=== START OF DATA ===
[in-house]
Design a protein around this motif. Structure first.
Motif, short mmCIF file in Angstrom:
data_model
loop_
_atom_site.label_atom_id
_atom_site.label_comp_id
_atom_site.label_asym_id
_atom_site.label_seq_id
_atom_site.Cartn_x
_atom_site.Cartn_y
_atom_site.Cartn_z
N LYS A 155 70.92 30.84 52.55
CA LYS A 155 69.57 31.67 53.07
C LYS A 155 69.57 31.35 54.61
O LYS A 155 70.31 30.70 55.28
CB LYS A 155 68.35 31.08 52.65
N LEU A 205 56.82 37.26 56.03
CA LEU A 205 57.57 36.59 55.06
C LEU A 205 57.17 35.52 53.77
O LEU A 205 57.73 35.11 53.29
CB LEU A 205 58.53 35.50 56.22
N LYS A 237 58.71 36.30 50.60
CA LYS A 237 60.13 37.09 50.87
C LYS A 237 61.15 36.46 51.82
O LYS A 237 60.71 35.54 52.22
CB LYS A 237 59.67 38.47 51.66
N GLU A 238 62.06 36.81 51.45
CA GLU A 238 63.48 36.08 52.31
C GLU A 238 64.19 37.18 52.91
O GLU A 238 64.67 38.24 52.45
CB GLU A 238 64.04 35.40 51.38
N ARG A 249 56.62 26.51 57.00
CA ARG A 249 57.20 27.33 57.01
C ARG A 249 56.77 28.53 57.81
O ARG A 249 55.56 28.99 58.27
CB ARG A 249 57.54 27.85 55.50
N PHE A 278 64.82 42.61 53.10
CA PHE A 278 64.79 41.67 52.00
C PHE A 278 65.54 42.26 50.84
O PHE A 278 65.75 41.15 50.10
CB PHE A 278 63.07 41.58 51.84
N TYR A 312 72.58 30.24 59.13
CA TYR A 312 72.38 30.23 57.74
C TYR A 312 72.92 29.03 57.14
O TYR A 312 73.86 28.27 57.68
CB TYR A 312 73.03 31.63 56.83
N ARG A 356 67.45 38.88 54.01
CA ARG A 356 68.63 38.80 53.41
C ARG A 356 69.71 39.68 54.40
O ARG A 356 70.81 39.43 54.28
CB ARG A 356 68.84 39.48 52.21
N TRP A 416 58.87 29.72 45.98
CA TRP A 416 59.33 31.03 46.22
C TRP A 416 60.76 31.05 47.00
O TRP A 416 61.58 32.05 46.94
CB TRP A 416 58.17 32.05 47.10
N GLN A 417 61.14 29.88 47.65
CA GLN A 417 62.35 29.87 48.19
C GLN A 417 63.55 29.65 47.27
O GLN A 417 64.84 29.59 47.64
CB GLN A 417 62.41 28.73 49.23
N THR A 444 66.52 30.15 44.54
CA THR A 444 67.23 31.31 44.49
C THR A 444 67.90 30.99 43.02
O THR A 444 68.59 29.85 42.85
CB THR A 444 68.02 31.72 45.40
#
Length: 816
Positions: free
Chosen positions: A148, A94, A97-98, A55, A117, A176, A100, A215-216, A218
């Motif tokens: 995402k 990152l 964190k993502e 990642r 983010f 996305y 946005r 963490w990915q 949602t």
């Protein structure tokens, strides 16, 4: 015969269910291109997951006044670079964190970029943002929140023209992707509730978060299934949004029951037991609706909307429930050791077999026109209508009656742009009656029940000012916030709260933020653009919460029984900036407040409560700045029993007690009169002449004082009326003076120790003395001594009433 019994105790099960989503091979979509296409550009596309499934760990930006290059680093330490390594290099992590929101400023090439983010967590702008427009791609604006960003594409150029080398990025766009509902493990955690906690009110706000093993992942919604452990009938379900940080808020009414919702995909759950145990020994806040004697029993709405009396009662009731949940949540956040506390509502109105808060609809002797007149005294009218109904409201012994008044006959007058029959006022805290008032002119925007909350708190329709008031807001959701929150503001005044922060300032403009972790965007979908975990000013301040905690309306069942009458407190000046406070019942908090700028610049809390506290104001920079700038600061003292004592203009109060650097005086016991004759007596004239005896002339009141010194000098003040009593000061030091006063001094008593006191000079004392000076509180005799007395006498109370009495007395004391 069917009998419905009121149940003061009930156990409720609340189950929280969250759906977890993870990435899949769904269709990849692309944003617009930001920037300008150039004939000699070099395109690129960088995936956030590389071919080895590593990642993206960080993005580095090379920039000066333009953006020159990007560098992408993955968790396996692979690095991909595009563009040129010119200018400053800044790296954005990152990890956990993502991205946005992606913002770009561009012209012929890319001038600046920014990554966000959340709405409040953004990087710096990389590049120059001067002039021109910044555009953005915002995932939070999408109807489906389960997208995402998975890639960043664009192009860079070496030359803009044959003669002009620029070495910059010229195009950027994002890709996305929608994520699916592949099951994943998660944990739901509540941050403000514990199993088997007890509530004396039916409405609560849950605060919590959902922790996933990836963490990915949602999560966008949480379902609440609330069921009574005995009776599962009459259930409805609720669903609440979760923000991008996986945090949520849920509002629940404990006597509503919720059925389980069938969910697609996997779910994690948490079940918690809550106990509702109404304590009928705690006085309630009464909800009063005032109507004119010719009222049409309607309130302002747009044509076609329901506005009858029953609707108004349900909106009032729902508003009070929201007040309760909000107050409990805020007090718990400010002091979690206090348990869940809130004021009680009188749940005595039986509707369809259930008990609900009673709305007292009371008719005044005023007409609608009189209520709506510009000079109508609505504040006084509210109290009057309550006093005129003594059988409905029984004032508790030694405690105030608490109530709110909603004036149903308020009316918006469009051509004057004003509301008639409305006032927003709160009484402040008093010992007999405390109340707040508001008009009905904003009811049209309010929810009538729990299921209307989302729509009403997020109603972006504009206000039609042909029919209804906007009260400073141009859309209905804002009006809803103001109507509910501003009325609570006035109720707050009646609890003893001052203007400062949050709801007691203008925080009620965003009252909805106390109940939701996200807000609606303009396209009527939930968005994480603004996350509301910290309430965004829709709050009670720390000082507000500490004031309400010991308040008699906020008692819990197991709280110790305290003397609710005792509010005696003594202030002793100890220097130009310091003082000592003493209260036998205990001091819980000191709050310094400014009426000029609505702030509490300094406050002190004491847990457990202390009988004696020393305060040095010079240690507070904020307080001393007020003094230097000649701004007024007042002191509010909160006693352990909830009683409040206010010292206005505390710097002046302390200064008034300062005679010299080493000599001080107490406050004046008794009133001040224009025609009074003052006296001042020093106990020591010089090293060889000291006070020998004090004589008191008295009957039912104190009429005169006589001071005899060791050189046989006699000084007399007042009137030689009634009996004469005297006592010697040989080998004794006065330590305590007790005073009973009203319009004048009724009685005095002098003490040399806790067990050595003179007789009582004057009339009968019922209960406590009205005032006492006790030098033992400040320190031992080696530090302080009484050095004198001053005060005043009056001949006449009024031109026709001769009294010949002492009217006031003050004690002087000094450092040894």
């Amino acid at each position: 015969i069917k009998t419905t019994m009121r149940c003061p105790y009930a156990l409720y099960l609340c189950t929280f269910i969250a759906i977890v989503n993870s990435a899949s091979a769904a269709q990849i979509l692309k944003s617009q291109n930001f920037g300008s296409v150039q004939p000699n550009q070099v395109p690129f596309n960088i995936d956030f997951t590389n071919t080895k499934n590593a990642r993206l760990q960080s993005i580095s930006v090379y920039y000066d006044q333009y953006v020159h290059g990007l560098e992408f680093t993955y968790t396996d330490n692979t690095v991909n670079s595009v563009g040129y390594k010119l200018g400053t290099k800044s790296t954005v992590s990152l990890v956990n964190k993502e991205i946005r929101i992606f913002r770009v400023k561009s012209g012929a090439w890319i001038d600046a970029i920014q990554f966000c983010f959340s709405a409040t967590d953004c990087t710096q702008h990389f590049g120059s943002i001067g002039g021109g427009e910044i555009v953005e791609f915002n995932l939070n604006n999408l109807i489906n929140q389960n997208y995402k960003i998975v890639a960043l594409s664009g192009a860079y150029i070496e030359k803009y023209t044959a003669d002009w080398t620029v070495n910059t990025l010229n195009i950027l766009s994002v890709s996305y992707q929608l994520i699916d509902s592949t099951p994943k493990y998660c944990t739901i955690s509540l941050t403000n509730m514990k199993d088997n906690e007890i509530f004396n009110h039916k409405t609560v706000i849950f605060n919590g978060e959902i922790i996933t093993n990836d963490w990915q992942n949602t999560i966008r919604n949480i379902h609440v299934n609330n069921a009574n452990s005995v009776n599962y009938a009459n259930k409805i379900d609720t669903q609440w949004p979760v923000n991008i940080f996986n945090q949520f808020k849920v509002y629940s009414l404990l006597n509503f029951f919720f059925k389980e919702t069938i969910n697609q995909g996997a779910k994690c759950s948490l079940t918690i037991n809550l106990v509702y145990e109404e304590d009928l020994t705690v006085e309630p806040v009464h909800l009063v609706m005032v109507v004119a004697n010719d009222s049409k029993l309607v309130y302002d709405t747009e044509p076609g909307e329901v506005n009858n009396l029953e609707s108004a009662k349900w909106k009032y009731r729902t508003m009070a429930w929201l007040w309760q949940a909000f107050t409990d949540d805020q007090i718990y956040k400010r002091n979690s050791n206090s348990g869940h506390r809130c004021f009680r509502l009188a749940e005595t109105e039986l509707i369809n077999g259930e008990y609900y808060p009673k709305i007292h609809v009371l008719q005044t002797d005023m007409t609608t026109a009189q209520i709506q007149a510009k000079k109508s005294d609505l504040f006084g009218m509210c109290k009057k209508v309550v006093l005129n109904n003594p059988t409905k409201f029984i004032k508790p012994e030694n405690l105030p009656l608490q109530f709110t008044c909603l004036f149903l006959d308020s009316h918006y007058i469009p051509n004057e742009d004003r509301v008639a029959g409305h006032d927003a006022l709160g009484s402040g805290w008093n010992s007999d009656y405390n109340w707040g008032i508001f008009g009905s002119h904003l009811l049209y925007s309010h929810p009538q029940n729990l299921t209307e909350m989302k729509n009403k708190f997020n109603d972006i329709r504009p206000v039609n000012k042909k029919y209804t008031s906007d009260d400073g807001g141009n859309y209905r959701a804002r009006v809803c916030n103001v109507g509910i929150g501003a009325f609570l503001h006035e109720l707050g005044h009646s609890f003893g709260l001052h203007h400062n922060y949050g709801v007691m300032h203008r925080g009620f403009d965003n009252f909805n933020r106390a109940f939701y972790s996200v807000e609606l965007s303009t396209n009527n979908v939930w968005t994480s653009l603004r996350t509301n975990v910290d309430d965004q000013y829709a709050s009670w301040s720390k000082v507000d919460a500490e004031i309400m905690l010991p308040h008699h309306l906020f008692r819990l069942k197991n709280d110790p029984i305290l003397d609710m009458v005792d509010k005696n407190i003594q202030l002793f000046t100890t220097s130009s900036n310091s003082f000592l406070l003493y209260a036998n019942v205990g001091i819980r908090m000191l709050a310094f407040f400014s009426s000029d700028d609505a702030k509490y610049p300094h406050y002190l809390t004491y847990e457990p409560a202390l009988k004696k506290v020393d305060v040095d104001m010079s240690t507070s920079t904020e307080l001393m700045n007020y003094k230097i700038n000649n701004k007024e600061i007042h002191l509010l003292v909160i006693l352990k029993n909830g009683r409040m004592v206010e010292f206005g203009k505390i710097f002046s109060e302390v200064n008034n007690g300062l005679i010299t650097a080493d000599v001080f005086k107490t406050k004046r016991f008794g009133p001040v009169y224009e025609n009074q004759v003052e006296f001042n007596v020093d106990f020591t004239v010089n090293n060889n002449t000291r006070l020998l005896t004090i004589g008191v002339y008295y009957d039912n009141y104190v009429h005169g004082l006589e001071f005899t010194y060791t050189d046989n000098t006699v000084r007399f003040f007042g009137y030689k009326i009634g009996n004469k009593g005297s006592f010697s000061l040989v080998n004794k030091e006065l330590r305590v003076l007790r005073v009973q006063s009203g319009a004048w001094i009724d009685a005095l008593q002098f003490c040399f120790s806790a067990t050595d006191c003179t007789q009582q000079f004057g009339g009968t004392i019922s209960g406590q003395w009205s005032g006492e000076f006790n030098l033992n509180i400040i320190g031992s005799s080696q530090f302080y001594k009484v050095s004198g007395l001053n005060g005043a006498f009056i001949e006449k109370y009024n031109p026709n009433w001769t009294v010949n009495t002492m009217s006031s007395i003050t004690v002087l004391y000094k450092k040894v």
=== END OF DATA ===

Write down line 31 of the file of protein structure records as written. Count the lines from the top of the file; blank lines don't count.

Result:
O GLU A 238 64.67 38.24 52.45